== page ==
## Abstract

In multispectral imaging it is advantageous to compress spectral information with a minimum loss of information in a way that permits accurate recovery of the spectrum. By use of the simple vector-subspace model that we propose, spectral information can be stored and recovered by the use of a few inner products, which are easy to measure optically. Two large data sets, the first consisting of 1257 Munsell colors and the other of 218 naturally occurring spectral reflectances, were analyzed to form two bases for the model. The Munsell basis can be used to represent the natural colors, and the basis derived from the natural data can be used to represent the Munsell data. The proposed vector-subspace model includes a simple relation between the inner products and conventional color coordinates. It also provides a way to estimate the spectrum of an object that has known chromaticity coordinates.

© 1990 Optical Society of America

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### Equations (12)

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(1)
$$\tau ={[\tau ({\mathrm{\lambda}}_{1}),\tau ({\mathrm{\lambda}}_{2}),\dots ,\tau ({\mathrm{\lambda}}_{n})]}^{T},$$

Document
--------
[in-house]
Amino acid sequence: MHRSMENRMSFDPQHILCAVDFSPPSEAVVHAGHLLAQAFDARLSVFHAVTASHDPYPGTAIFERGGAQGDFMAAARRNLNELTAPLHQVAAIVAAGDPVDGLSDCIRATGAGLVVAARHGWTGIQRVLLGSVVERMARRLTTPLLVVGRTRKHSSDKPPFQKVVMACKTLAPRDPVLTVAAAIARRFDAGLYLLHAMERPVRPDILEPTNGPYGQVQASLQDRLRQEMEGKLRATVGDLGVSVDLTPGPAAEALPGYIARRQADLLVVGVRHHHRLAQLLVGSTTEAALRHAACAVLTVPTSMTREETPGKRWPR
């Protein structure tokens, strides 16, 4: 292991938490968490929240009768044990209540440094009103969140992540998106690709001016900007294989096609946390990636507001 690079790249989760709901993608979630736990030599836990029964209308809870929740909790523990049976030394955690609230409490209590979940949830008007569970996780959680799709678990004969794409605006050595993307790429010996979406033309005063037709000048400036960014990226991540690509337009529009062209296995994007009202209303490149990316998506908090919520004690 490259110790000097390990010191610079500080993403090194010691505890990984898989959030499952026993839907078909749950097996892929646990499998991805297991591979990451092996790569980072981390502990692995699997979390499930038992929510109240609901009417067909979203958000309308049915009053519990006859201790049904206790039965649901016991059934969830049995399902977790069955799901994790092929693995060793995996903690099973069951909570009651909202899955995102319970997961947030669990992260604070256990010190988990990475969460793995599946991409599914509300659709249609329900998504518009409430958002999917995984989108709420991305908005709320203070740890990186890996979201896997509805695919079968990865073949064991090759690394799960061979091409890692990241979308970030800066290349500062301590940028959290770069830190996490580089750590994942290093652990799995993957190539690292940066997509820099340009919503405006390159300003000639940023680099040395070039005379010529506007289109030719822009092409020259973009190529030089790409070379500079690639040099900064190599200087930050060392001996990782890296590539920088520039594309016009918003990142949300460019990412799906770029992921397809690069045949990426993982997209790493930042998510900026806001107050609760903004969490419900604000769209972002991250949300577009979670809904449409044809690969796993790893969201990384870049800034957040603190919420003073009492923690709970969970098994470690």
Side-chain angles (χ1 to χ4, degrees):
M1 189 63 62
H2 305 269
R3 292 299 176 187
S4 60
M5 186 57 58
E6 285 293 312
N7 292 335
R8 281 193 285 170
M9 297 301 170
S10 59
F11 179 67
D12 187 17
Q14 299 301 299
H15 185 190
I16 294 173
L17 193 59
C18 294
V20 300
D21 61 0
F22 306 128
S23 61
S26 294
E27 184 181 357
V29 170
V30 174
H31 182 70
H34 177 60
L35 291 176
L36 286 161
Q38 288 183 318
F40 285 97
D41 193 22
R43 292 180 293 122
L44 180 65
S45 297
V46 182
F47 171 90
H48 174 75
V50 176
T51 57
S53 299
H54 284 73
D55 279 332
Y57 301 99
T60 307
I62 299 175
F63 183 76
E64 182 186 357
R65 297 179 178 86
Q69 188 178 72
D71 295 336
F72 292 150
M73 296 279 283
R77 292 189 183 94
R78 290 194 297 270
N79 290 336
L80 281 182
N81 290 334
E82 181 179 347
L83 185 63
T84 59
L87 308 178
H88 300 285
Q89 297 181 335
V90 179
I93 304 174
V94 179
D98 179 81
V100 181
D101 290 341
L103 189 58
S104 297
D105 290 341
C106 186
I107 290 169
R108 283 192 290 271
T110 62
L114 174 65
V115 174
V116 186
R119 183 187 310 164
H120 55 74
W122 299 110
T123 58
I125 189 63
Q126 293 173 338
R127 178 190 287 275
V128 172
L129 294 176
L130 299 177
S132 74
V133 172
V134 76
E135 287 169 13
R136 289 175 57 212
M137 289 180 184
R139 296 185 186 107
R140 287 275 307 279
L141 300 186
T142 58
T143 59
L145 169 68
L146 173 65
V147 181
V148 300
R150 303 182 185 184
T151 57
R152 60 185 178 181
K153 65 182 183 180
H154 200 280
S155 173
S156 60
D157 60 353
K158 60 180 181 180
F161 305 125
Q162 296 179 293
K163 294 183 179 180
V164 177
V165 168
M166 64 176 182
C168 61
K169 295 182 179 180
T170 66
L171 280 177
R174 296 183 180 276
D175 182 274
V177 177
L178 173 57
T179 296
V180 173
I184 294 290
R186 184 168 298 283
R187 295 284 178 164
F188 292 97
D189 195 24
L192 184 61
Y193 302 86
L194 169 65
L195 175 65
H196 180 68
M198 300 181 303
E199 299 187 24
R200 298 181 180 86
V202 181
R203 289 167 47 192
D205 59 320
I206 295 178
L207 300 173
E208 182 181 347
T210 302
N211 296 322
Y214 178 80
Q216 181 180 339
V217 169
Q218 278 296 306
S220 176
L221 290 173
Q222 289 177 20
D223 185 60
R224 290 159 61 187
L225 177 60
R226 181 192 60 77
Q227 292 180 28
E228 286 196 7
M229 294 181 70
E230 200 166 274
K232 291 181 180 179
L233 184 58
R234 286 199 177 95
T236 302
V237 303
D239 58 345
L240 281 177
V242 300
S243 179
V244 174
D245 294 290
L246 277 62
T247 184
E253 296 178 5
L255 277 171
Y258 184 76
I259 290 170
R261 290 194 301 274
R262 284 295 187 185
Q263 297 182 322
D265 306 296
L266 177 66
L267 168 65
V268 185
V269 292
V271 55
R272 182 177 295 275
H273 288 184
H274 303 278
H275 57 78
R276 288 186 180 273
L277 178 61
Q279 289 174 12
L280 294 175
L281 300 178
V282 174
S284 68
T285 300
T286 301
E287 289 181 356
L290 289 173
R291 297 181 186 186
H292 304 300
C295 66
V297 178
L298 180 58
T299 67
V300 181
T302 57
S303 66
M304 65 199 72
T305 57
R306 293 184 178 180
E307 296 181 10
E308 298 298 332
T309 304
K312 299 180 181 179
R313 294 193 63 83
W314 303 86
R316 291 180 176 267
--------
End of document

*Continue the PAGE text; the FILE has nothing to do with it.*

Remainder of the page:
(2)
$$L=L({\upsilon}_{1},{\upsilon}_{2},\dots ,{\upsilon}_{p})=\left\{x|x=\text{\u2211}_{1}^{p}{a}_{i}{\upsilon}_{i}\right\},$$
(3)
$${\tau}^{\u2019}=\text{\u2211}_{1}^{p}({\tau}^{T}{\upsilon}_{i}){\upsilon}_{i}$$
(4)
$${\tau}^{\prime}=\text{\u2211}_{1}^{p}({\upsilon}_{i}{{\upsilon}_{i}}^{T})\tau =P\tau ,$$
(5)
$$\begin{array}{ll}\delta (\tau ,L)\hfill & ={\left[\stackrel{\u02c6}{\parallel}\tau {\stackrel{\u02c6}{\parallel}}^{2}-\text{\u2211}_{1}^{p}\hspace{0.17em}{({\tau}^{T}{\upsilon}_{i})}^{2}\right]}^{1/2}\hfill \\ \hfill & ={\left[\text{\u2211}_{1}^{n}{[\tau ({\mathrm{\lambda}}_{k})-{\tau}^{\prime}({\mathrm{\lambda}}_{k})]}^{2}\right]}^{1/2},\hfill \end{array}$$
(6)
$$\left(\begin{array}{l}X\hfill \\ Y\hfill \\ Z\hfill \end{array}\right)={k}_{1}\mathit{\int}\tau (\mathrm{\lambda})S(\mathrm{\lambda})\left[\begin{array}{l}\overline{x}(\mathrm{\lambda})\hfill \\ \overline{y}(\mathrm{\lambda})\hfill \\ \overline{z}(\mathrm{\lambda})\hfill \end{array}\right]\text{d}\mathrm{\lambda},$$
(7)
$${X}_{m}=k\text{\u2211}_{j=1}^{n}\tau ({\mathrm{\lambda}}_{j}){\mathrm{\Phi}}_{m}({\mathrm{\lambda}}_{j}),$$
(8)
$$\begin{array}{cc}{X}_{m}=k{\tau}^{T}{\mathrm{\Phi}}_{m},& m=1,2,3\end{array}.$$
(9)
$${{\mathrm{\Phi}}_{m}}^{\prime}=\text{\u2211}_{i=1}^{p}({{\mathrm{\Phi}}_{m}}^{T}{\upsilon}_{i}){\upsilon}_{i}.$$
(10)
$${{X}_{m}}^{\prime}=k\text{\u2211}_{i=1}^{p}({{\mathrm{\Phi}}_{m}}^{T}{\upsilon}_{i})\hspace{0.17em}({\tau}^{T}{\upsilon}_{i})={{\tau}^{\prime}}^{T}{\mathrm{\Phi}}_{m}.$$
(11)
$$A=\text{\u2211}_{k=1}^{N}{\tau}_{k}{{\tau}_{k}}^{T}/N$$
(12)
$${\delta}_{1}=\text{\u2211}_{i}\hspace{0.17em}|\tau ({\mathrm{\lambda}}_{i})-{\tau}^{\prime}({\mathrm{\lambda}}_{i})|/n.$$